I write in the third person and the only challenge for me is how much information to give the reader, and how much to keep back; I want to be fair and not withhold something vital just for a cheap effect later in the book, but at the same time I don't want to swamp the reader with too much information that they don't need and may not want...
How about you?
Why discouraged? I find that most YA is written in TPO.
I prefer 3rd person omniscient when I am writing relatively epic tales, but being that steampunk -- in my experience -- is a little more personal, I think limited or close is a more effective means of conveying narrative and characterization. I think one of the challenges of writing in a completely omniscient viewpoint is that the reader has to rely a lot on the narrator to give physical descriptions, as well as more outward characterization, and thus leave personal characterization to good dialog. With limited or close, I feel more comfortable giving a slightly more skewed perspective to the narrative and giving away from characterization through that mechanic.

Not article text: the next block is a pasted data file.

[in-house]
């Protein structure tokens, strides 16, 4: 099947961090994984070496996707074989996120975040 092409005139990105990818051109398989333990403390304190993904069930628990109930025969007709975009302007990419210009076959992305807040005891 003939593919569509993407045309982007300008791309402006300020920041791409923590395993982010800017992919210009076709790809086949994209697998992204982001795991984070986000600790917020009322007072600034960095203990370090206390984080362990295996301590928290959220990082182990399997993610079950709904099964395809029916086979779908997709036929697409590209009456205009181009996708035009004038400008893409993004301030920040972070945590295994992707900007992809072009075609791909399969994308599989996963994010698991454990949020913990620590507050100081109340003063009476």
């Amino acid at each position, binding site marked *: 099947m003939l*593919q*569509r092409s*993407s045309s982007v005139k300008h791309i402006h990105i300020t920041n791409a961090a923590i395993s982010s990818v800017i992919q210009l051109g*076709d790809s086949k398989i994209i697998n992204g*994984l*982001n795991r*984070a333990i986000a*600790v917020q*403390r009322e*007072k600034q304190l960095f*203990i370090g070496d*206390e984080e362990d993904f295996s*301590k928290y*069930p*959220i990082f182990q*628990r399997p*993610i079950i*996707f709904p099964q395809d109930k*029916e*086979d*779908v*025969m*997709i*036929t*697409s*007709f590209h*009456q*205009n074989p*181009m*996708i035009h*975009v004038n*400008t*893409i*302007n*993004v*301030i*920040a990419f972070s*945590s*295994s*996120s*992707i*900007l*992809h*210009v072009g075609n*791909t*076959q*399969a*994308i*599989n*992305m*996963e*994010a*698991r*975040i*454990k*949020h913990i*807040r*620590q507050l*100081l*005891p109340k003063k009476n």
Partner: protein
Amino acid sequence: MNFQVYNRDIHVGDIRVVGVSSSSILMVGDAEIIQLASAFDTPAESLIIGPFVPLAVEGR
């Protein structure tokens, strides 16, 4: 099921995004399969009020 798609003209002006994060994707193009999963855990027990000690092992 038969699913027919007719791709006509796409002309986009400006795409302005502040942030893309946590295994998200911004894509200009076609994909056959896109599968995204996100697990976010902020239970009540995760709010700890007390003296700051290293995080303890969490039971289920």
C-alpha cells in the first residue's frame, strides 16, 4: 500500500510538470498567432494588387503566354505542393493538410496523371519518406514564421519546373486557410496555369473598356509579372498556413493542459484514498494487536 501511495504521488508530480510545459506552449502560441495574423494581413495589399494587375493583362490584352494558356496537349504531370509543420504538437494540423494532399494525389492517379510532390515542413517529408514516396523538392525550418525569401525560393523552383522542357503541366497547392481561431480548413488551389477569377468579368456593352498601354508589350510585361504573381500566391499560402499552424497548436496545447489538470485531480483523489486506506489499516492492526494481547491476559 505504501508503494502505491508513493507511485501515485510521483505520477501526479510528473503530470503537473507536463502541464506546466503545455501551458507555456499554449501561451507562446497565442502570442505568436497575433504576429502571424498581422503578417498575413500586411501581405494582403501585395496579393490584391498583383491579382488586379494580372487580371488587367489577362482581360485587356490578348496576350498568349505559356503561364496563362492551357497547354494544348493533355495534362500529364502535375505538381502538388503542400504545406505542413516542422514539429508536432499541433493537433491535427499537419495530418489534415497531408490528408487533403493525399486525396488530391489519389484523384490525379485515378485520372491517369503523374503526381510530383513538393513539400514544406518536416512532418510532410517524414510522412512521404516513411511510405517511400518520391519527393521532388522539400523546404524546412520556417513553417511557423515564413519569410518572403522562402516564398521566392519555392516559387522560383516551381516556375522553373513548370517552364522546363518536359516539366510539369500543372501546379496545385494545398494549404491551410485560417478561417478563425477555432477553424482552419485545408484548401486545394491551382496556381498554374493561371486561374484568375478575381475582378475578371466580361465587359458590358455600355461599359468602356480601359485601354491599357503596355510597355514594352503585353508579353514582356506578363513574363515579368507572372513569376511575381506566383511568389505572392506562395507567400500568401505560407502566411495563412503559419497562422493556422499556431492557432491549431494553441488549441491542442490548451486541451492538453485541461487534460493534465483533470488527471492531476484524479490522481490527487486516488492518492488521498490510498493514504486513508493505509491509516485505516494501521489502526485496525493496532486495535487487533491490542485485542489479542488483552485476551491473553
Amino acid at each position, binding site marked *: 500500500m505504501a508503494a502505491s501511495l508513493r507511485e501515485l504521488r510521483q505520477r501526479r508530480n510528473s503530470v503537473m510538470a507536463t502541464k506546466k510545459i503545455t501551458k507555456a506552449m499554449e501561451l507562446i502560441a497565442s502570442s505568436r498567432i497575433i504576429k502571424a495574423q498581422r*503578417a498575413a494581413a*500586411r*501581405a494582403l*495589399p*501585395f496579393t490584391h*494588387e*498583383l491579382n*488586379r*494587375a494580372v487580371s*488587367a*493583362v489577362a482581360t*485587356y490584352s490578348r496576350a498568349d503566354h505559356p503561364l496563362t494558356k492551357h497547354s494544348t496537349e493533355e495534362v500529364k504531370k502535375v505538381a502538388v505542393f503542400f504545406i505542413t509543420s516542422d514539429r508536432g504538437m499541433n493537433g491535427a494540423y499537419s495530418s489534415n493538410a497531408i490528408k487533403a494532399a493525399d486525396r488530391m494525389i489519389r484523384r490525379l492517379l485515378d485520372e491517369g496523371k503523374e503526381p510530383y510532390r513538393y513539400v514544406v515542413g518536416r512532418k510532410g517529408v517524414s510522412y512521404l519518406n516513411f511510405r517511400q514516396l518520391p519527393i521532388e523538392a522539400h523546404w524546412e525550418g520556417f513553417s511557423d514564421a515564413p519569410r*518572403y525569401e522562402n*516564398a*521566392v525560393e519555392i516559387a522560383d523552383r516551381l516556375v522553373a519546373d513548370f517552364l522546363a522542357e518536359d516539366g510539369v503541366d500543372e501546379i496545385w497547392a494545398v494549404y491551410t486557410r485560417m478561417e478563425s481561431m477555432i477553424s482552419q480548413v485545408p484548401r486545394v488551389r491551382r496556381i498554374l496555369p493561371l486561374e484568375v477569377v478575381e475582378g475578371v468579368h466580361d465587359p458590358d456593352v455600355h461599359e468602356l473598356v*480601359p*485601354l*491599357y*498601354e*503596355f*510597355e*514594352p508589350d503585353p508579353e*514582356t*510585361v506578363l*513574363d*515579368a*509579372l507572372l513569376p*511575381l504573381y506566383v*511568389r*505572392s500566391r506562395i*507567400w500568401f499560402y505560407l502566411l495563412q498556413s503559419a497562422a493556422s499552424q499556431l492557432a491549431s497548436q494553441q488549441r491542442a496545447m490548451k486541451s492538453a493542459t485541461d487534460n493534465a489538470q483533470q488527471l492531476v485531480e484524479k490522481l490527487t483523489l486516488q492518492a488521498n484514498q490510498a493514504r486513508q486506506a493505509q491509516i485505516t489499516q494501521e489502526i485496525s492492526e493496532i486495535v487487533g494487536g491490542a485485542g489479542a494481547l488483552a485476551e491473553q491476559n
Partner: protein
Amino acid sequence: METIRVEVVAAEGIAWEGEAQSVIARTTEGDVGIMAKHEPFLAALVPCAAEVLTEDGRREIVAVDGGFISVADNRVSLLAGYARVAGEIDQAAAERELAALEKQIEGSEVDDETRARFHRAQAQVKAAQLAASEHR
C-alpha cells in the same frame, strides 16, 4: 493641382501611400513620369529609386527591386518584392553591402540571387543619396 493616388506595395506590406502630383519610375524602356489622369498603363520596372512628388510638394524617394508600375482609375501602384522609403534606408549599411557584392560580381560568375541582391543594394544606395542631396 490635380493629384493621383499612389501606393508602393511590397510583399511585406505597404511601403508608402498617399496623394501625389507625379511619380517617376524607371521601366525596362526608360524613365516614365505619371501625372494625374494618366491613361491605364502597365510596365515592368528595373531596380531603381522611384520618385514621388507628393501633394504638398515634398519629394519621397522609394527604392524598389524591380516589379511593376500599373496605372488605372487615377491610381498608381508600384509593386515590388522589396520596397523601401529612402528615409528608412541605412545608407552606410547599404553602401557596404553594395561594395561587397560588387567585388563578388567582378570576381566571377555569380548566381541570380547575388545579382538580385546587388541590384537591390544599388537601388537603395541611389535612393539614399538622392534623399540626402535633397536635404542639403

Which is the best, least problematic pov style for Steampunk
Originally my novel was in TPO, but I found the information read a mite muddled. Personally, there's a preference to wander in the TPLimited; it allows me to express all sides of the tale: both protagonists and antagonists --in my mind -- need to be respected and understood. There is always a reason why the baddies do what they do, and, often times, I find myself empathizing with their agenda -- unless, of course, it's entirely macabre with no earnest reasoning (killing for the sheer purpose of watching someone hurt), dissolute, or ineffectual. There is also the ability to do thorough character studies, devoting entire chapters to one individuals beliefs, repugnances, inner dialogues, and so on, all the while being able to transgress the typical, chronological flow of TPO.
These have been my observations, and you can take them as you will,
Jarod D. Crews.
Is it acceptable to switch from different pov's?
Switching POVs within what? A book? A chapter? I opine that it would read a touch confused, the story, if views were volleyed in the confines of a singular work.
I write in whatever POV the story calls for sake of smooth story flow
That would be a book/long form story